Camp Wildcat benefits students as well as kids

By Carolyn Smith

Arizona Daily Wildcat

Although camping is not part of a regular university curriculum, members of Camp Wildcat make a point of including it in their schedules.

Camp Wildcat is a nonprofit, student-run organization dedicated to providing outings like day camps and hikes for underprivileged children between the ages of 3 and 18.

"Camp Wildcat is one of the best organizations I've been in on campus," said Alethea Stachow, a psychology senior and former member. "The intent isn't to try and change the kids' lives in one weekend, but to provide alternative ways to having fun and meeting new people."

President Anthony Rohrer said Camp Wildcat provides a twofold opportunity for UA students. They can get involved on

campus with peers and make friends through the club, provide a service for the community on a professional basis, and learn excellent "people" skills.

"If I were a freshman and looking for a club to join so I could put something good on my resum‚, I couldn't go wrong joining Camp Wildcat," Rohrer said.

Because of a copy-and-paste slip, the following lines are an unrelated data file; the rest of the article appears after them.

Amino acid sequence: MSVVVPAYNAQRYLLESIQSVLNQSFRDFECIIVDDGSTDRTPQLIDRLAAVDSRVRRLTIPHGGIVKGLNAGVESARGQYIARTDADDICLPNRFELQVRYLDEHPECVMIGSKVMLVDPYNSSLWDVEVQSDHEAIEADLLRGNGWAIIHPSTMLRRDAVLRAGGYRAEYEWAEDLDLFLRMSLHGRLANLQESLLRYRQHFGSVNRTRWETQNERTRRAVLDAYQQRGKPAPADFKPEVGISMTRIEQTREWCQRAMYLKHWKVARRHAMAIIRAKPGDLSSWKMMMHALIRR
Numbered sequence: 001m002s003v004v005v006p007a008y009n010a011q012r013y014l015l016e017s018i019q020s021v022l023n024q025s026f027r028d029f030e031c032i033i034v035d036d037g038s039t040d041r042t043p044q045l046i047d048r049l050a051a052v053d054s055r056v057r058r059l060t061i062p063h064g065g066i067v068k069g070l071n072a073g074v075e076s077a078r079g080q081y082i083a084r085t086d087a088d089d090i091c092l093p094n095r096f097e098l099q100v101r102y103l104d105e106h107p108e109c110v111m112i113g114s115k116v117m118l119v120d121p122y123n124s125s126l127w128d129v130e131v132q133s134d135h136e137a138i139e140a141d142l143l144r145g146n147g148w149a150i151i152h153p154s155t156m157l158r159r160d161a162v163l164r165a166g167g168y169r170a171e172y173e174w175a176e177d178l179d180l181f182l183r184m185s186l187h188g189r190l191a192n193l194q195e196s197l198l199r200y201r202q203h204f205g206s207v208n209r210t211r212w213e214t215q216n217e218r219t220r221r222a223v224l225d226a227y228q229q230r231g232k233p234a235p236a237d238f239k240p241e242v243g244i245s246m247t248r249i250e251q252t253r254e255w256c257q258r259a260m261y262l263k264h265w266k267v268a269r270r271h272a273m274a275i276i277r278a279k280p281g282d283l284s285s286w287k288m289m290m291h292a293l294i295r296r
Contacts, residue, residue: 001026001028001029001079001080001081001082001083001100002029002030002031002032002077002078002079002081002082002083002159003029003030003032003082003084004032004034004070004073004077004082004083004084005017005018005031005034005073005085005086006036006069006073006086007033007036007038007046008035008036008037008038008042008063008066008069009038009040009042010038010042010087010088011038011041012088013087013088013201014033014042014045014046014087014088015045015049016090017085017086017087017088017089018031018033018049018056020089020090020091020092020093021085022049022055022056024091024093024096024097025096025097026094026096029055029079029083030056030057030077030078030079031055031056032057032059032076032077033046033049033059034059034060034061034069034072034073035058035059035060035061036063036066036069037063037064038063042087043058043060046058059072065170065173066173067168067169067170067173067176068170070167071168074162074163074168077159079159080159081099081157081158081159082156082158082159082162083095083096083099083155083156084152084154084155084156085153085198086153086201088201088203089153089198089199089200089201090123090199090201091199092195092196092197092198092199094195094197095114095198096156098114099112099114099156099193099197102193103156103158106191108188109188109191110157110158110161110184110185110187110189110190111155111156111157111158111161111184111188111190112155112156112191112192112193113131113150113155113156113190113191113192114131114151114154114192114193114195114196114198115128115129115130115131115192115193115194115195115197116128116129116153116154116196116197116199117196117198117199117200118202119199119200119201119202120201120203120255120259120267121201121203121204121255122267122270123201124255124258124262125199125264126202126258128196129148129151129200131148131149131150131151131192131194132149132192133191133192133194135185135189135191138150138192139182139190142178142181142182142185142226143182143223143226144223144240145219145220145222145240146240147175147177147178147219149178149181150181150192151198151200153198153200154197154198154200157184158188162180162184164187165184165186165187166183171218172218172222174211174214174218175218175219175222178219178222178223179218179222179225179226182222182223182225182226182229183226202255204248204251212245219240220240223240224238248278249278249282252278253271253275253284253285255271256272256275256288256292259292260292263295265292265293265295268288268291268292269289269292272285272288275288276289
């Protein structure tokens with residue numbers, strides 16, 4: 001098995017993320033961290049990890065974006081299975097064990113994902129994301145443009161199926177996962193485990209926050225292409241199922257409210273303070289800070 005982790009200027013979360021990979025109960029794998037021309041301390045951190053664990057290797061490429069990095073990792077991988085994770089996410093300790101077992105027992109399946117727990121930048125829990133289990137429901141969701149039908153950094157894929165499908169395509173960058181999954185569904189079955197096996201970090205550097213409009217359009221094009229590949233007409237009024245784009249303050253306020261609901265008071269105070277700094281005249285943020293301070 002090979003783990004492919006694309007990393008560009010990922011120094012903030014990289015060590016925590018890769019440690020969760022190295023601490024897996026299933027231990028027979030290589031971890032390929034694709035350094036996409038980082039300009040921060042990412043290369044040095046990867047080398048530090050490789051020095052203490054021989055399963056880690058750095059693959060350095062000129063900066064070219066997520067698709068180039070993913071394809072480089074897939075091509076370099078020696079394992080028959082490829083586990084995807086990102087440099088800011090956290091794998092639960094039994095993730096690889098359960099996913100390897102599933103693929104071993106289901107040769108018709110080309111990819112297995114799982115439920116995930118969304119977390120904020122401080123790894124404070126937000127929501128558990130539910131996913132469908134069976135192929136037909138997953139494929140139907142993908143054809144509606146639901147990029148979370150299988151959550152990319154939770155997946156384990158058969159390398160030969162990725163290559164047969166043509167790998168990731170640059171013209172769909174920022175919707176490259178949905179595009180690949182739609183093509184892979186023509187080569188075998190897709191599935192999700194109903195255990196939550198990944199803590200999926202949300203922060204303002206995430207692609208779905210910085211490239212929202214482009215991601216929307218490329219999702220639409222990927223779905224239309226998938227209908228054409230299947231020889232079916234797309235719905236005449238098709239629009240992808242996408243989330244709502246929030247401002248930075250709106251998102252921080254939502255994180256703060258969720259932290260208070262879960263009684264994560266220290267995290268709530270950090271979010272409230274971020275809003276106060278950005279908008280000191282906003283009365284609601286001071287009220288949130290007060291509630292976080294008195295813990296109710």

Aside from dealing with financially underprivileged children, Camp Wildcat has provided various outings for emotionally and physically handicapped kids. Rohrer said he uses the term "special population" to categorize the people he works with.

There are about 50 members, and new people sign up for various activities they want to be involved in throughout the year, he said.

In addition to providing a useful service to the community, students can meet people, even future spouses, through Camp Wildcat.

"I met my fiancee through this organization, and we plan to be married this May," Rohrer said.

"There are a lot of things about the UA that I will forget in 20 years, but I will never forget any of the kids I've worked with, any of the friends I've made. It's one of the best things I've ever done as a student," Rohrer said.

Camp Wildcat members meet every Sunday night in the Rincon Room of the Student Union at 7:00 p.m. and new members are always welcome, Rohrer said.

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